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Illustration by JU Sophomore Treana Newsome, Illustration and Graphic Design double-major.

HEALTHY LIFE: A Healthy Body Image Means Every Body Matters

Nursed to Health, a recurring feature in The Florida Times-Union, has a new name—Healthy Life. Jacksonville University Brooks Rehabilitation College of Healthcare Sciences faculty discuss symptoms, diagnoses, and treatments based on patient cases handled by instructors, students, and alumni.

By Katie Stuart, MS, LMHC, CIC

What comes to mind when you think about your body? According to the National Eating Disorder Association, 30 million individuals in the U.S. will suffer from a diagnosable eating disorder at some point in their lives.

These statistics do not include the millions of Americans that are currently struggling with negative views of themselves, disordered eating, over-exercise, isolation, and other unhealthy behaviors. Body image is not just what we see when we look in the mirror, but also how we think and feel about what we see. This self-perception impacts our physical health as well as our mental, emotional, social, and relational health.


Angela struggled with weight and body dissatisfaction for much of her life. As a 35-year-old mother of two, she decided to seek counseling out of concern that her own body image issues were influencing her children’s body beliefs. During the initial assessment, Angela also reported struggles with isolation, depressed mood, anxious thoughts, and relational issues with her partner due to negative feelings about herself.

Over the course of the next few counseling sessions, the counselor educated Angela on the concepts of” intuitive eating” and “health at every size.” Angela began focusing on bringing more awareness to how she viewed herself and questioned the origin and truth of these thoughts. She practiced being more attuned and responsive to her body’s signals and focusing on new self-care habits. After adopting alternative ways of viewing herself and her health, Angela was able to gain more comfort and confidence about her body, speak kinder about herself and others, and model whole body health and body kindness for her children.

In turn, she noticed improvements in mood, productivity, and relationship satisfaction. Angela still has days where the old negative thoughts try to dominate her mental and physical health, but she is now able to recognize these thoughts and beliefs, acknowledge them, and return her focus to an attitude of body kindness and respect.

How to work toward developing a healthier body image for yourself and others:

  • Become aware of the comments you tell yourself when you look in the mirror or catch a glimpse of that “unflattering” angle of yourself in the photo. Would you talk to your child or your best friend the way you talk to yourself?
  • Ditch the scale. One small machine cannot measure your health, your athleticism, your humor, your kindness, your worth.
  • Trust your body’s signals. Our bodies are brilliant machines that will tell us when and what we need (e.g. more nutritious foods, more movement, more rest, more water, etc.)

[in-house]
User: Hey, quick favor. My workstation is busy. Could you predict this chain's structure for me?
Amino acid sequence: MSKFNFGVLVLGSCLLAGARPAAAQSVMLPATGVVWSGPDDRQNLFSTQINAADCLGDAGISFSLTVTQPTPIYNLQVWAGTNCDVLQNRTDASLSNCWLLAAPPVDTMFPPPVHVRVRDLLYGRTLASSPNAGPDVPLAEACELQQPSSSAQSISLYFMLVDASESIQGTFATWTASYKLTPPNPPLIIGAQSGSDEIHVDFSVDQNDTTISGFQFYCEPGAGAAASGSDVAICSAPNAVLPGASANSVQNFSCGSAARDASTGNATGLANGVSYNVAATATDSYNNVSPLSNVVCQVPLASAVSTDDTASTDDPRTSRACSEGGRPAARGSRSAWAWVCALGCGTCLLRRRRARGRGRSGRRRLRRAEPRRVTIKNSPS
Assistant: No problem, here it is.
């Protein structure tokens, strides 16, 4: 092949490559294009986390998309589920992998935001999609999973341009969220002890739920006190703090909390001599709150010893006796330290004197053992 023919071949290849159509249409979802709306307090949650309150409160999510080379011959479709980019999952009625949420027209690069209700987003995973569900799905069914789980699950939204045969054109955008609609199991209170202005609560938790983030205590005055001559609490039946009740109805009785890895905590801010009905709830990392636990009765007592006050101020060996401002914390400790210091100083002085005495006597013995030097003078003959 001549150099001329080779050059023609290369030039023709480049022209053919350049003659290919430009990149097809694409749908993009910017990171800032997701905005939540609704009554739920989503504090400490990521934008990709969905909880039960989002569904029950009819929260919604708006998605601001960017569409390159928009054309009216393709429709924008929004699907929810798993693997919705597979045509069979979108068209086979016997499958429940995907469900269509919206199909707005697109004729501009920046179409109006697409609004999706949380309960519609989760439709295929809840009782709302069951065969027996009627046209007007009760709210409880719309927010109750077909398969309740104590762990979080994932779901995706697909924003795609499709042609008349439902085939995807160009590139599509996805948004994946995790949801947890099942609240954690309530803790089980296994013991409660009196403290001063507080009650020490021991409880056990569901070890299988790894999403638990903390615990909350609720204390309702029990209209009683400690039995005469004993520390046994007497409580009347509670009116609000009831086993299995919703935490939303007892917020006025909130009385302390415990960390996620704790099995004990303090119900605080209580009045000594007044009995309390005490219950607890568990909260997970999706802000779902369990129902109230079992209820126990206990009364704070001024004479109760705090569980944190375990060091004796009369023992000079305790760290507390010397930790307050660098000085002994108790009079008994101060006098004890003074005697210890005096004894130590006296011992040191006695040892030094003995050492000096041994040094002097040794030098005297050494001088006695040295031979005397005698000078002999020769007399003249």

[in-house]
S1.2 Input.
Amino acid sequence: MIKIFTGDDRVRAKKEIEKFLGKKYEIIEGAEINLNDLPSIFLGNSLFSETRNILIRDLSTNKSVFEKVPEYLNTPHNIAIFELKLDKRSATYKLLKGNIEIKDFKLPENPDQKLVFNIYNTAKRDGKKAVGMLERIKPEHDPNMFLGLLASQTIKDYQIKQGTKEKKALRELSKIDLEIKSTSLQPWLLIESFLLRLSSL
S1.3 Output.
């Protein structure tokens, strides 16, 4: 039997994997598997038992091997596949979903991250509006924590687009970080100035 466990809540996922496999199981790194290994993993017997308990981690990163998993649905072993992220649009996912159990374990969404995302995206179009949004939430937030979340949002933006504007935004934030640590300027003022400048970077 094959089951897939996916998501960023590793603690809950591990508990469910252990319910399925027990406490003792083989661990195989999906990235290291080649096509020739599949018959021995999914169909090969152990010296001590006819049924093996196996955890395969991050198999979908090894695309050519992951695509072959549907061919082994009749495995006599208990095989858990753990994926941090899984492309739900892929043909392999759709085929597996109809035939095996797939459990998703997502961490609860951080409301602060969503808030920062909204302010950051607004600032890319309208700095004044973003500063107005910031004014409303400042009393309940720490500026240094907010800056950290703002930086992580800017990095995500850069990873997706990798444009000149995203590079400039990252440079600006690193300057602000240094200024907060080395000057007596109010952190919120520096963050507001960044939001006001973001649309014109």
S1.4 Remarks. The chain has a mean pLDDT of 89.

• Question and challenge the sociocultural messages about unrealistic body ideals that you have been given. Where did you learn these ideas/beliefs, and is there any truth to them?
  • Keep a list of the traits that you like about yourself, especially those that are not related to body, weight, appearance, etc. Are you kind, intelligent, funny, artistic, loyal?
  • Look at yourself as a whole person, not just a body. Health does not fit any one size. Focus on making small healthy choices that make you feel good in the body you have now. It’s all you have in this moment.
  • Find gratitude in what your body does for you every day – laughing, hugging, walking, dancing, listening, writing, cooking, breathing. It’s helped you make it this far – celebrate it!
  • Adopt an attitude of curiosity, not judgment. How can we respect and listen to someone if we are simultaneously judging them?
  • Make friends with your body – treat it like someone you care about. Practice intuitive eating by feeding it a variety of nutritious and “play” foods that satisfy you. Move your body because it feels good and you are proud of what it can do for you. Give it social interaction, but also give it rest.

“Self-perception impacts our physical health as well as our mental, emotional, social, and relational health.”

Resources for developing healthy body image:

Intuitive Eating by Evelyn Tribole, MS, RDN and Elyse Resch, MS, RDN

Health at Every Size by Linda Bacon, PhD

Body Kindness by Rebecca Scritchfield, RDN

Body Positive Power by Megan Jayne Crabbe





Today’s column is by Katie Stuart, a Licensed Mental Health Counselor, Certified Intrinsic Coach, and Certified Intuitive Eating Counselor. She is also the Clinical Field Site Coordinator in the Jacksonville University Brooks Rehabilitation College of Healthcare Sciences Clinical Mental Health Counseling Program. Email your questions to kstuart5@ju.edu.

Names and specific medical information in Healthy Life have been changed to protect private health information. Readers with specific questions or health concerns should seek the advice of their healthcare provider.